|EDUCATIONAL LOGGING REQUIREMENTS
In order to substantiate your visit and comply with the educational requirement for Earth Caches you have to submit your answers to the following five questions to the cache us via email or messenger:
TO LOG THIS CACHE AND QUALIFY you must answer the questions. Any logs not accompanied by the answers within 7 days will be deleted.
1) What are the 5 requirements for crystalisation?
2) When was Pietersite first discovered?
3) What are the four ways gemstones can form?
4) What is the weight of the largest crystal on display in the world?
5) On the landing on the stairs to the first floor is a rock containing crystal. What colour are the crystals? (Locational question).
The coordinates take you to the Kristall Galerie where there is a display of a large variety of gemstones, including the largest crystal on display in the world.
- The coordinates are at the street intersection so as not to obscure the traditional cache that is at this location. The Waypoint will take you to the Entrance
- An entrance fee is payable.
How do crystals grow
Most people have tried to grow a sugar crystal by taking a pot of water and stirring in as much sugar as possible. When you saw it settling on the bottom and no more dissolves, you have reached the saturation point. The water has absorbed all the sugar it can and this condition is called super-saturated.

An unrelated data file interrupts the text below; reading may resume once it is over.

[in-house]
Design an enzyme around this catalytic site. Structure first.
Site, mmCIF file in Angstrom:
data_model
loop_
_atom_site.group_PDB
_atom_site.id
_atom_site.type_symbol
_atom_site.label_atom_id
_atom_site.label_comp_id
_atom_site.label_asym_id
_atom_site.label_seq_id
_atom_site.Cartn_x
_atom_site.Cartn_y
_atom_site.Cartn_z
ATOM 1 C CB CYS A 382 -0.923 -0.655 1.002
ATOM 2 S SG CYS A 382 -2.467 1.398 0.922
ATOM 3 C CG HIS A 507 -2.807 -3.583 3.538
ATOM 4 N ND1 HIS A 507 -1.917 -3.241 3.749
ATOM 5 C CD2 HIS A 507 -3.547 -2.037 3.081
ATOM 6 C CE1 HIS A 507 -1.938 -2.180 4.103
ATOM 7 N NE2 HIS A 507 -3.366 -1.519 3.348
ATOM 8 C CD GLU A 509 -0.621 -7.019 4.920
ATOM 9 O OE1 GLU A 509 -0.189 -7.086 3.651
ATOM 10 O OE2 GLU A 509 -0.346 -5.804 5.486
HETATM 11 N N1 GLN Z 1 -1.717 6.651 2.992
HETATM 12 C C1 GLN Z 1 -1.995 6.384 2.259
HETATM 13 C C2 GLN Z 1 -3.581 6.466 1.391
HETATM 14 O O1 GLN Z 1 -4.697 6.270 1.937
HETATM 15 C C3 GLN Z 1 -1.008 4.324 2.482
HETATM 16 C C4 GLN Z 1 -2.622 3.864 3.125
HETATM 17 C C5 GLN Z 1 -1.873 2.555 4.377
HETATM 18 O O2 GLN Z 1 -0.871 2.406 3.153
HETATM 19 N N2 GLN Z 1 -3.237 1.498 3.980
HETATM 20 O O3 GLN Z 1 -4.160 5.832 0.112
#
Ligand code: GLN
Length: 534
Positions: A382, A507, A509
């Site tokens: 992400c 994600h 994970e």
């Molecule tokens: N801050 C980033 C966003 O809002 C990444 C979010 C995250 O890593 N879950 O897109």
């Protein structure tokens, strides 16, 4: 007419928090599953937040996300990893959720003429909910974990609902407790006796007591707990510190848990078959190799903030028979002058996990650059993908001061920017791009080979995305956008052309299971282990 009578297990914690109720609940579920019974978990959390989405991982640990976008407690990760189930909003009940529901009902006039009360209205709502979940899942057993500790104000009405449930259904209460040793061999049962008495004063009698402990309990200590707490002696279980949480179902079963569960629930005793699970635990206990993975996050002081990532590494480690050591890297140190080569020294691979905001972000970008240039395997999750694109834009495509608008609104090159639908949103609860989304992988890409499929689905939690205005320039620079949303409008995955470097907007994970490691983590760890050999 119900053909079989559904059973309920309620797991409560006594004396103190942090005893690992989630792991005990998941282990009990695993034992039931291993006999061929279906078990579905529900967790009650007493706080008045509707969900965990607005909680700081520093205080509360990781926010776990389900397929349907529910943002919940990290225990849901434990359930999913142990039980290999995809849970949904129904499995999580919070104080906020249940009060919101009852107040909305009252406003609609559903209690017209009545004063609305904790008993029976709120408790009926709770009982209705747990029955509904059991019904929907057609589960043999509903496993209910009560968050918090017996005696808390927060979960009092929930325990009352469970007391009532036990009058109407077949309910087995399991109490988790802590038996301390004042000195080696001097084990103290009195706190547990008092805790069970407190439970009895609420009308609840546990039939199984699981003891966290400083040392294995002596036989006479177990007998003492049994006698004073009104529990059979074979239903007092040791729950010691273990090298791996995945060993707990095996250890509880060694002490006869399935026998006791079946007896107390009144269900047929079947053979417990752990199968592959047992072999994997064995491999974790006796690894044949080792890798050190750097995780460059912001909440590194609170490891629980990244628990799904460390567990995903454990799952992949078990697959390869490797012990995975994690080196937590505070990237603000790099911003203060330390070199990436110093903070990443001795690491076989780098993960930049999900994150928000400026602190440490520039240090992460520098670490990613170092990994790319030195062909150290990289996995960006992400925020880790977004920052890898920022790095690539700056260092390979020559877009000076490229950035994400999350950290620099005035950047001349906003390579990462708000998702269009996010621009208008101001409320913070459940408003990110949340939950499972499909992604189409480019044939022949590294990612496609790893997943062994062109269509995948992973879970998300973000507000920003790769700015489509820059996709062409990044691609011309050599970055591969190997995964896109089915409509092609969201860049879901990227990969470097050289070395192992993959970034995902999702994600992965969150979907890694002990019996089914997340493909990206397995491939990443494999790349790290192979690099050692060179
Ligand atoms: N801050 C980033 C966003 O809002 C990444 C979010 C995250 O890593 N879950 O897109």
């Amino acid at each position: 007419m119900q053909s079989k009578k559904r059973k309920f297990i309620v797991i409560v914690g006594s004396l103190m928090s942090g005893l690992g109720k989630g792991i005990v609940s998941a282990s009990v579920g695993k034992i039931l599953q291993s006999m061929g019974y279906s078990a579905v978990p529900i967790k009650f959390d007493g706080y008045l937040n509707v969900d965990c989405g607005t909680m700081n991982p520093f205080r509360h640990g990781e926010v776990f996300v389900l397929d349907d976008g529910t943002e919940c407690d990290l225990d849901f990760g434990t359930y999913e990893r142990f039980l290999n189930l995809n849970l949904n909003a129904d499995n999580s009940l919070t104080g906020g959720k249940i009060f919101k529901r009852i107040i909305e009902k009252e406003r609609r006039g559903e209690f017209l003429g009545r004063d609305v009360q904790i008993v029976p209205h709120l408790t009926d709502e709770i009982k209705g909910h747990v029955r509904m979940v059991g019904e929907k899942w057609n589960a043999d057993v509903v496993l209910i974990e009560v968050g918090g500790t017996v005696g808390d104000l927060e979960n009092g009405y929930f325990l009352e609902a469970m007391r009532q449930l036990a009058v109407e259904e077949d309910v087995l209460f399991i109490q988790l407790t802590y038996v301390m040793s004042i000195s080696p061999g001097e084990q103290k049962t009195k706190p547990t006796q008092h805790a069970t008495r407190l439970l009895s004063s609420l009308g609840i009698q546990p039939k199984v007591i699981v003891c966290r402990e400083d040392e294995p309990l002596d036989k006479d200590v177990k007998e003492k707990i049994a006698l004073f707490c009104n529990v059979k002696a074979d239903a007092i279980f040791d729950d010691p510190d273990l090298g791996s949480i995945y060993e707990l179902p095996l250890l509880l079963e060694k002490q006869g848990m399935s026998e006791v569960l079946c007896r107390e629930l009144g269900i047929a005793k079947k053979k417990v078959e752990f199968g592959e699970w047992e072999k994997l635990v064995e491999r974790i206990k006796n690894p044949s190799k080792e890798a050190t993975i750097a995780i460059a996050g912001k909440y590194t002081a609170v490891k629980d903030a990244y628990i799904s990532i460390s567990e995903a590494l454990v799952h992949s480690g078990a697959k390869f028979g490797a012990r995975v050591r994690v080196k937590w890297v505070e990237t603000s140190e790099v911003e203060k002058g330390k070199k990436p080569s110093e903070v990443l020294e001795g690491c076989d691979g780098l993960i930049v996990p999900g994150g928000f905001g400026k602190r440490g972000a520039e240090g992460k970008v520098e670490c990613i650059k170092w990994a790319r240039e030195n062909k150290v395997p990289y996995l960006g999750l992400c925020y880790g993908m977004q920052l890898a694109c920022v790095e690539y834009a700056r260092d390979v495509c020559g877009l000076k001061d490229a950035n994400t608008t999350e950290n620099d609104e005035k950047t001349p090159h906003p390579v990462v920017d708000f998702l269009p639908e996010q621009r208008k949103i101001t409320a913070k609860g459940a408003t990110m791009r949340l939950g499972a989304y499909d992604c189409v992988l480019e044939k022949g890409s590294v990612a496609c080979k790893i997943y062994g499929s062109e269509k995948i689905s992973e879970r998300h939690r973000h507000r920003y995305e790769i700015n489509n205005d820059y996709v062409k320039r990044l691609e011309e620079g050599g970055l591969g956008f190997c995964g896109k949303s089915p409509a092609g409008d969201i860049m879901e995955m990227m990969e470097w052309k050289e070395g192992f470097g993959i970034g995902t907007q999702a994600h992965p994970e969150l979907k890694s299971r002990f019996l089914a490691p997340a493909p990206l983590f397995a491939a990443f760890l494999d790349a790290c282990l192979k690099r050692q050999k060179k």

Then you put the pot on the stove and heated it to boiling point. The saturation level changed. The solution was no longer super-saturated and you could add considerably more sugar until you reached a super-saturation level.
After that you would hang a string in the put with a weight and allow the liquid to cool. As the water cooled to room temperature, the amount of sugar it can hold in suspension will return to the previous level. The excess sugar must come out of the solution and, as it does, it will crystallize, hopefully on the string to form a large sugar crystal.
Five Requirements for Crystallization
The sugar crystal demonstrates one of the principles of crystallization, viz as the temperature of a liquid drops, the amount of solid ingredients it can hold in suspension drops as well. Inside the earth, the ingredients are more complex than our sugar solution. You will actually have different minerals crystallizing from the same solution at different temperatures. For example corundum might crystallize first and then as the solution continues to cool, topaz might form and later quartz.
Pressure has no affect on our sugar crystal, but it takes the proper combination of pressure and temperature for minerals to crystallize.